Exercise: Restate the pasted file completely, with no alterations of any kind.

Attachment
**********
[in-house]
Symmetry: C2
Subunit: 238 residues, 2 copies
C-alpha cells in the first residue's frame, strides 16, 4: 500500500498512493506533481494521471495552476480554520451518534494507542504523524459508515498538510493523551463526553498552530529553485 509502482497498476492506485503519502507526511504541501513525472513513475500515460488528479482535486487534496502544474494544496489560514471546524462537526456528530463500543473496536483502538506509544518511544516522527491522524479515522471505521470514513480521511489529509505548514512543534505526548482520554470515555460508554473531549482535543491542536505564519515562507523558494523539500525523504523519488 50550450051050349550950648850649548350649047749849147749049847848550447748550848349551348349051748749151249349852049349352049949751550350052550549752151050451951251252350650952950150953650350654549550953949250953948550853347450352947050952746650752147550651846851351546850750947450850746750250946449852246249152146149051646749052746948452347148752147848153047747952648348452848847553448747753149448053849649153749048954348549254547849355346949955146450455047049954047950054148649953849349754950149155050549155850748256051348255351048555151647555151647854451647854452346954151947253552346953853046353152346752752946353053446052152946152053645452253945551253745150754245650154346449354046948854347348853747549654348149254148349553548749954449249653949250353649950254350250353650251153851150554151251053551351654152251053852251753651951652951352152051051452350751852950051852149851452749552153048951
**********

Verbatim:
[in-house]
Symmetry: C2
Subunit: 238 residues, 2 copies
C-alpha cells in the first residue's frame, strides 16, 4: 500500500498512493506533481494521471495552476480554520451518534494507542504523524459508515498538510493523551463526553498552530529553485 509502482497498476492506485503519502507526511504541501513525472513513475500515460488528479482535486487534496502544474494544496489560514471546524462537526456528530463500543473496536483502538506509544518511544516522527491522524479515522471505521470514513480521511489529509505548514512543534505526548482520554470515555460508554473531549482535543491542536505564519515562507523558494523539500525523504523519488 50550450051050349550950648850649548350649047749849147749049847848550447748550848349551348349051748749151249349852049349352049949751550350052550549752151050451951251252350650952950150953650350654549550953949250953948550853347450352947050952746650752147550651846851351546850750947450850746750250946449852246249152146149051646749052746948452347148752147848153047747952648348452848847553448747753149448053849649153749048954348549254547849355346949955146450455047049954047950054148649953849349754950149155050549155850748256051348255351048555151647555151647854451647854452346954151947253552346953853046353152346752752946353053446052152946152053645452253945551253745150754245650154346449354046948854347348853747549654348149254148349553548749954449249653949250353649950254350250353650251153851150554151251053551351654152251053852251753651951652951352152051051452350751852950051852149851452749552153048951